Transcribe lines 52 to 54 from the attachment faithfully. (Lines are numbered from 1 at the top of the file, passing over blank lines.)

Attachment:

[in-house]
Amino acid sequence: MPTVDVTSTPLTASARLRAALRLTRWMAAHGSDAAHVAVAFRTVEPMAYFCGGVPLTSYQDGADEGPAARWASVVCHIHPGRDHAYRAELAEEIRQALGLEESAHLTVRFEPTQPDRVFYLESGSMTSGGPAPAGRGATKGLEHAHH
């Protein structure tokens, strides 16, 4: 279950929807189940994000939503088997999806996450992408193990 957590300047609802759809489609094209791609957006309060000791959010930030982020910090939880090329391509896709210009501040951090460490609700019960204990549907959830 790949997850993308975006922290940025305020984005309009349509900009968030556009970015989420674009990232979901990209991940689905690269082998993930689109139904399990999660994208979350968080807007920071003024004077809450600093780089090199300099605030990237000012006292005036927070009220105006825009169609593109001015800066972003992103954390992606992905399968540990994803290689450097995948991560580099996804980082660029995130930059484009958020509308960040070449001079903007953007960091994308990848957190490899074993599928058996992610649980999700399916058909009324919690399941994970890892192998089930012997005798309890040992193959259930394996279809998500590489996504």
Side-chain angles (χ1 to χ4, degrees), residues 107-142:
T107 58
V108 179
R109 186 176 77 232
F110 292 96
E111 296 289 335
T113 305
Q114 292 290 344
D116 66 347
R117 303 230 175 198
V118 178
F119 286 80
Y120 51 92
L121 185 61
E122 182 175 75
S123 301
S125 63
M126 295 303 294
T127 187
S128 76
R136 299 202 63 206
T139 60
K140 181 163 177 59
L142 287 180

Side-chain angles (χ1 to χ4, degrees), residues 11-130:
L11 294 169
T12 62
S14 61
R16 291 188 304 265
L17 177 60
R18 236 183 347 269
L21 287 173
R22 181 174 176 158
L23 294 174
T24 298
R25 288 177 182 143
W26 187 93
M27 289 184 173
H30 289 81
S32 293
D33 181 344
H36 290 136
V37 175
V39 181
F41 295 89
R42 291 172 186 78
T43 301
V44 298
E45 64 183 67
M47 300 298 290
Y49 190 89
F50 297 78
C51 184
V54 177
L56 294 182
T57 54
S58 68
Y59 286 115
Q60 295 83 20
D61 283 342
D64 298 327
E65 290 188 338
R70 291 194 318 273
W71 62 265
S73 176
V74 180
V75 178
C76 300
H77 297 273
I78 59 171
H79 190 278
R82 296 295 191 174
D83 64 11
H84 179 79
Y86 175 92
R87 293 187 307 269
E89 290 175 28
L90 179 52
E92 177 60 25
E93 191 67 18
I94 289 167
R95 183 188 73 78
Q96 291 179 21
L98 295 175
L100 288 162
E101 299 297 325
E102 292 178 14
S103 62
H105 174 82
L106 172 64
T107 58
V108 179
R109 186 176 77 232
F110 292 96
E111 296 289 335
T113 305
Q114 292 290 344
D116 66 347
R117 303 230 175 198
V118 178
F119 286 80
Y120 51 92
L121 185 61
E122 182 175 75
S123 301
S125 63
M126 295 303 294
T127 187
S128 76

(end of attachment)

E45 64 183 67
M47 300 298 290
Y49 190 89